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"Hammer blow" to on-trade from Covid-19, report predicts

Published:  03 June, 2020

Drinking occasions have "been dealt a hammer blow” a new report into the impact of the Covid-19 crisis on consumer markets has concluded. 

While physical food-and-drink outlets will survive, they will need to work harder to justify consumer visits, the report from market-research consultancy Euromonitor concludes.

Consumers will be both more jaded and significantly more risk-averse than they were, with that impacting both product innovation, where their appetite for experimentation will be diminished, and their approach to social activities.

They will be less inclined to share their drinking experiences on social media, the report suggests, and will be seeking experiences with a more sedate, solitary aspect.

The lockdown emphasis on both home-working and ‘hometainment’ - cooking, eating and socialising at home – are here to stay. Consumers will remain wary of heavily populated spaces, whether major outdoor events or busy restaurants and bars.

The focus on alternative, home-based consumer channels will be complemented by the development of gadgets to create beverages at home.

Craft brands will be under pressure, both because of consumer resistance to innovation and the weakening of consumers’ financial positions. Producers will need to reposition around maintaining value sales in a recessionary era that could equal the Great Depression of the 1930s.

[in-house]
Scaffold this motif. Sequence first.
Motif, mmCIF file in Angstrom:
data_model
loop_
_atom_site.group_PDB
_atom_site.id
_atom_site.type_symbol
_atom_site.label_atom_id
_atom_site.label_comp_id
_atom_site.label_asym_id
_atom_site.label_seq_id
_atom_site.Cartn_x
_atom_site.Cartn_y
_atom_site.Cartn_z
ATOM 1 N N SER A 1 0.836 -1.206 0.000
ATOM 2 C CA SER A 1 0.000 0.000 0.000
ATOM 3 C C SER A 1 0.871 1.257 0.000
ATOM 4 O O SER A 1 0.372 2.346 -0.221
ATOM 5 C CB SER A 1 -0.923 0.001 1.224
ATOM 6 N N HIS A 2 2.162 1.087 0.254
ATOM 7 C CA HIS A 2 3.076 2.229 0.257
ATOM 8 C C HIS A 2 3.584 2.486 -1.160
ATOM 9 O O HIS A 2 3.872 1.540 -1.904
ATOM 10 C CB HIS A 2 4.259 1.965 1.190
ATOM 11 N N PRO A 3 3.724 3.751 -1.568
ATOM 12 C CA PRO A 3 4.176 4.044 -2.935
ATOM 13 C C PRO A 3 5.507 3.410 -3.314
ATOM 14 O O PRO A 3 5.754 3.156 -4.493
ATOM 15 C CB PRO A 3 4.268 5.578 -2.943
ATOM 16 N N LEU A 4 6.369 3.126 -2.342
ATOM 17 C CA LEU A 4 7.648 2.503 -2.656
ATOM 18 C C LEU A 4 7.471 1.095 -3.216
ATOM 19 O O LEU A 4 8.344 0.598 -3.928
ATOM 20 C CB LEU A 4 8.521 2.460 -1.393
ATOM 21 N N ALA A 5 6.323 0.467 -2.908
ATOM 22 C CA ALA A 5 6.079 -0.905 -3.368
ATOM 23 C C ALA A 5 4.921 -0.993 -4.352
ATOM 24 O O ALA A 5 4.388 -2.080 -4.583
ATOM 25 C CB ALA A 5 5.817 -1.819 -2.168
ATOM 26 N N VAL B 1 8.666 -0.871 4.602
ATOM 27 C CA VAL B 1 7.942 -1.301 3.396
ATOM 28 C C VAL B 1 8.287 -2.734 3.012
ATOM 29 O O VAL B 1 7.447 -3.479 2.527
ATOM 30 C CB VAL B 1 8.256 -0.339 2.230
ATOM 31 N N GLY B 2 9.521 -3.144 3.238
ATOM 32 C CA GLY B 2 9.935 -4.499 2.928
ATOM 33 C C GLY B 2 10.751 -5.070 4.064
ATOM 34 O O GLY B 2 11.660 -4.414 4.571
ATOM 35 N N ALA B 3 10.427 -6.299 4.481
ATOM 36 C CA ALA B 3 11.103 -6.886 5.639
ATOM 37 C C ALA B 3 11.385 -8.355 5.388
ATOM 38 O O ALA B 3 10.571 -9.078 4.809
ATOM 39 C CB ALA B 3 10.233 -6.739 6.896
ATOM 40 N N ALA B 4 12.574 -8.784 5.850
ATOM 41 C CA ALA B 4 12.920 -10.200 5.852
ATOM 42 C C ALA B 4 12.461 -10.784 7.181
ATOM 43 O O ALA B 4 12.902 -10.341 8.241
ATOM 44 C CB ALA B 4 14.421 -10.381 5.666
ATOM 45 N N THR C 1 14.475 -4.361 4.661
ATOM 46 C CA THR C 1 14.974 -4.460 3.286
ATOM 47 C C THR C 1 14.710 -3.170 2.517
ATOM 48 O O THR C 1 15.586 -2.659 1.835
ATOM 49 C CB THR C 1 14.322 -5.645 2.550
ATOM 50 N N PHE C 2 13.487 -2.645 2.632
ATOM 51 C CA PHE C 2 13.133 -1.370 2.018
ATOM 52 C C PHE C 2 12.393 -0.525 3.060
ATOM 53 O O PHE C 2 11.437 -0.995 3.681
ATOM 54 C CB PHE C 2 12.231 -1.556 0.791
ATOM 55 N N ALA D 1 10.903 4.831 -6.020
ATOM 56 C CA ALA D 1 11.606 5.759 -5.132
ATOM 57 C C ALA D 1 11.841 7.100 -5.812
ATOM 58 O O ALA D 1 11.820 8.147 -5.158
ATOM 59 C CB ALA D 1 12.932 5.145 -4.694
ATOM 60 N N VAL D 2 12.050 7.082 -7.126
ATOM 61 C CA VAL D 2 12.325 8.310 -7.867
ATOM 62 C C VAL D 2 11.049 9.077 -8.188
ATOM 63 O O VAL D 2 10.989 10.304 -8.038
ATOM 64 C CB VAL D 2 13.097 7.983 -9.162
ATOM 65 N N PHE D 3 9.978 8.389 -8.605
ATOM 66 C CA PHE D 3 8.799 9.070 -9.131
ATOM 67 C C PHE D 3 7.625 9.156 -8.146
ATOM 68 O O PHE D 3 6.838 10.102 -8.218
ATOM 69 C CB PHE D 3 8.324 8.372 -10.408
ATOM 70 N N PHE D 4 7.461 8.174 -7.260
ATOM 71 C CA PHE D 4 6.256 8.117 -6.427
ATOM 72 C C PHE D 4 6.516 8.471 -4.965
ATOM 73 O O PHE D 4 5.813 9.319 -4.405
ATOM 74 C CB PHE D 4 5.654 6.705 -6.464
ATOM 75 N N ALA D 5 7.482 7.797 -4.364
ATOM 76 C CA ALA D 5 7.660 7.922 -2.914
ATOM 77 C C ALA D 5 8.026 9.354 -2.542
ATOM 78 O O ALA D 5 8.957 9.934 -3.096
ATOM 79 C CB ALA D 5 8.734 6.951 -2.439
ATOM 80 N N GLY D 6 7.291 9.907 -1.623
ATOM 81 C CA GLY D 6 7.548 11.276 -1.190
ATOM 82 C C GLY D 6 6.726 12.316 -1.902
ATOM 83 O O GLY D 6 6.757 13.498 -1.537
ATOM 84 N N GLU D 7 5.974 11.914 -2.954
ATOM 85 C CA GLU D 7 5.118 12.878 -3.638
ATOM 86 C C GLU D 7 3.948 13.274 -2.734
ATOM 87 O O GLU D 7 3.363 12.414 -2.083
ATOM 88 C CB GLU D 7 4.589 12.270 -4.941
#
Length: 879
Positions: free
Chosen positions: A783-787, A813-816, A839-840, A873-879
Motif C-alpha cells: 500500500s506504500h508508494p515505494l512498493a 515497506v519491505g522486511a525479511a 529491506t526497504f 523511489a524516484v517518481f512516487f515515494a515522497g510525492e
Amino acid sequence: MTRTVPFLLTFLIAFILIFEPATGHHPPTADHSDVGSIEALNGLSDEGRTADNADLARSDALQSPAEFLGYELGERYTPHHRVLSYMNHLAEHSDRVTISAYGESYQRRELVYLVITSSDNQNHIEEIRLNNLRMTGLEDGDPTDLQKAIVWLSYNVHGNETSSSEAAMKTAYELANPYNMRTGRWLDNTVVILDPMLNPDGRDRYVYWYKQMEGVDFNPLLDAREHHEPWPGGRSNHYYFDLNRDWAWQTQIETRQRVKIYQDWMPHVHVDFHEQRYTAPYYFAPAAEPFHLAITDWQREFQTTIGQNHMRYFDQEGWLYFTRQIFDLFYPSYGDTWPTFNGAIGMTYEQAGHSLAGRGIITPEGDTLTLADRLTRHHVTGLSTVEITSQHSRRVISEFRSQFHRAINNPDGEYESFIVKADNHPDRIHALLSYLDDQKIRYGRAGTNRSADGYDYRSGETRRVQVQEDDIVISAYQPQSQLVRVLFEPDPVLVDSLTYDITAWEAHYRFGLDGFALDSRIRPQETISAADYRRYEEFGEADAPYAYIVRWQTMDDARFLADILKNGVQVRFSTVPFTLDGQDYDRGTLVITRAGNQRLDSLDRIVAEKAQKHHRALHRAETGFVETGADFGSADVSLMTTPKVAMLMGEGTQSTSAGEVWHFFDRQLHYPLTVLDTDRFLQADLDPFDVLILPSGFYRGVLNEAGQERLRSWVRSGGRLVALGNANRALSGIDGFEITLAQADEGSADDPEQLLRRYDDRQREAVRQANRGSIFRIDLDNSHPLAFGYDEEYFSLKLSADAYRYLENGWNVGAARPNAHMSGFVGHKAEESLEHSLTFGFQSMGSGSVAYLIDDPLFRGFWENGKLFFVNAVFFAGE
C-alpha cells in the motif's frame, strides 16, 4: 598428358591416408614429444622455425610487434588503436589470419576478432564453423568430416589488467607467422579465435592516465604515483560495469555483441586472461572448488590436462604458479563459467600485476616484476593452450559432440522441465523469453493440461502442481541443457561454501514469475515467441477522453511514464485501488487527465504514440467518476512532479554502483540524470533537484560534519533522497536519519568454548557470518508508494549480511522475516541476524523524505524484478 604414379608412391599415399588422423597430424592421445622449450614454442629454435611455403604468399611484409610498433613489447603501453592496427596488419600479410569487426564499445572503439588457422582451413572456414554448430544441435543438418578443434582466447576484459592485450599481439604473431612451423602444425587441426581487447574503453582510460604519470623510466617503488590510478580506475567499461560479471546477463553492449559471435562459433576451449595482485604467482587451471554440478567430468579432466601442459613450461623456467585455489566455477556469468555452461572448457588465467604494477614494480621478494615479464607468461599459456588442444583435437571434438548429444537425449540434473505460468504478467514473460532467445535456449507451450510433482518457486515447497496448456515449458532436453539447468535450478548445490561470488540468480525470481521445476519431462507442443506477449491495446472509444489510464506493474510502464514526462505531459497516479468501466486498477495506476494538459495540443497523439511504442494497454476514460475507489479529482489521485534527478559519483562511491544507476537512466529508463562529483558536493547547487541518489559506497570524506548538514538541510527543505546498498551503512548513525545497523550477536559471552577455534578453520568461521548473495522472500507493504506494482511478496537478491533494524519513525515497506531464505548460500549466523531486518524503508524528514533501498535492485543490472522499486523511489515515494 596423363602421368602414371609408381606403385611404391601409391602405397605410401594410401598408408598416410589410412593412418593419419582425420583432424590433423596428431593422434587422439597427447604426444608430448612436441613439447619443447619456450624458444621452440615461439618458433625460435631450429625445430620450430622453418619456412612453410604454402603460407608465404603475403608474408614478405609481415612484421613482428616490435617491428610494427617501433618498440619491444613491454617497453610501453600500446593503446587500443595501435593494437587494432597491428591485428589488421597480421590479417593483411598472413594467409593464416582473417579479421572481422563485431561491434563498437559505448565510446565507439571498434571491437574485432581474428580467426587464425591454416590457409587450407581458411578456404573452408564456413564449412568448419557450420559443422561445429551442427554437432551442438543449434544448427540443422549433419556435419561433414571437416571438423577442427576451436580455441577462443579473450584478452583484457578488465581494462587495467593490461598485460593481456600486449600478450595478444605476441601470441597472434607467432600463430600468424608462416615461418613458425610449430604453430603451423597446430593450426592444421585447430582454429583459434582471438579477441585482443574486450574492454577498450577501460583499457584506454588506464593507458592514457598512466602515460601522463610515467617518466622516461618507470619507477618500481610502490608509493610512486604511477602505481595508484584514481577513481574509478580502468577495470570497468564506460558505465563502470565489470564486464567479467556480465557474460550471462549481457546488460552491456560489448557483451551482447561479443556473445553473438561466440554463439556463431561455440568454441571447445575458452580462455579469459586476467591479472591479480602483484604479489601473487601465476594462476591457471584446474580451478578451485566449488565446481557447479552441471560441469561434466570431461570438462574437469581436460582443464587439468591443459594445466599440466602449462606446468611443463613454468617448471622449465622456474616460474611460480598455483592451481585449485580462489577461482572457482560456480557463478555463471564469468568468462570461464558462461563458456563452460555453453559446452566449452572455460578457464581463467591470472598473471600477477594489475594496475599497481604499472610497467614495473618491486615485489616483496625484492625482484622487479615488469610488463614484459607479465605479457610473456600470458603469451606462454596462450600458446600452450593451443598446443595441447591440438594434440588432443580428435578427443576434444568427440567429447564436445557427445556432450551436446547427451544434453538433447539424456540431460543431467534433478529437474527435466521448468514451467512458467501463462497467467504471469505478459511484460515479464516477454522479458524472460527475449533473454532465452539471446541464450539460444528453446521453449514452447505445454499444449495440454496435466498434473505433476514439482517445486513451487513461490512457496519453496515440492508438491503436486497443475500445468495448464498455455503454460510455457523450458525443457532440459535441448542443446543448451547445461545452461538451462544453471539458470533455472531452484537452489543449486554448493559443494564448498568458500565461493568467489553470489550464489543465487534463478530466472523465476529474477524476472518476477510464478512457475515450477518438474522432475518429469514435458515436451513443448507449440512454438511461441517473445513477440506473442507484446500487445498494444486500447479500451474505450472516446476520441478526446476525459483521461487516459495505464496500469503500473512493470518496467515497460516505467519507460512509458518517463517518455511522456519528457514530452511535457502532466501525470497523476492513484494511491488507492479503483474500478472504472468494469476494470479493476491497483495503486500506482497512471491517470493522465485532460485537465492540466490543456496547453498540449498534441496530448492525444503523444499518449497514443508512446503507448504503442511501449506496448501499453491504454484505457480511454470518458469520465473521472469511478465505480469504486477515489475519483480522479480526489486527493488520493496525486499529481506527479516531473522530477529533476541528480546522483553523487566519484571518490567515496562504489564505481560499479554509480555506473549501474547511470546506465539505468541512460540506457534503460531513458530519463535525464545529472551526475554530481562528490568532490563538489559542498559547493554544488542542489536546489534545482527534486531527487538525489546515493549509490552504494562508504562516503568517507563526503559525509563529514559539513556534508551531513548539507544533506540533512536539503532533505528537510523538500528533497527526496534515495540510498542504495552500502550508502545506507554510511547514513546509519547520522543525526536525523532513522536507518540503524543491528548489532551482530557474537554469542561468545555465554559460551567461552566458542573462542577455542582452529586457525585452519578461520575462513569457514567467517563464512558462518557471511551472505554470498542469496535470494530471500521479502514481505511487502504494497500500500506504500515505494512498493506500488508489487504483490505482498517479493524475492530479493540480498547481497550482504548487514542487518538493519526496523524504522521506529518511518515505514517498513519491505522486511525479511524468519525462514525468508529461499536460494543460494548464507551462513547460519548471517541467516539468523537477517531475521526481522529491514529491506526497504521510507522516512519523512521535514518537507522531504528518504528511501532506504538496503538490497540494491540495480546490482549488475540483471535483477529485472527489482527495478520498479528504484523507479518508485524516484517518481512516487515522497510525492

The spending of consumers’ limited discretionary income will be prioritised around health, with happiness taking a back seat.

Consumers will respond best to innovation driven by demand for immunity- and health-boosting ingredients, for which they will pay a premium. Issues such as packaging sustainability and sustainable sourcing will take a back seat to health, certainly in the short term.

The trend away from alcohol and tobacco and towards more responsible stimulants - which the report defines as cannabis, caffeine and botanicals - will gather pace.

Businesses that are seen to support local communities with a holistic approach to social, environmental and economic value, will be best placed to take advantage of the new normal.

Per capita consumer spend will fall 5.2% in real terms in 2020 globally and won’t return to 2019 level until 2022, Euromonitor is predicting. It will remain far below what it would have been without the crisis.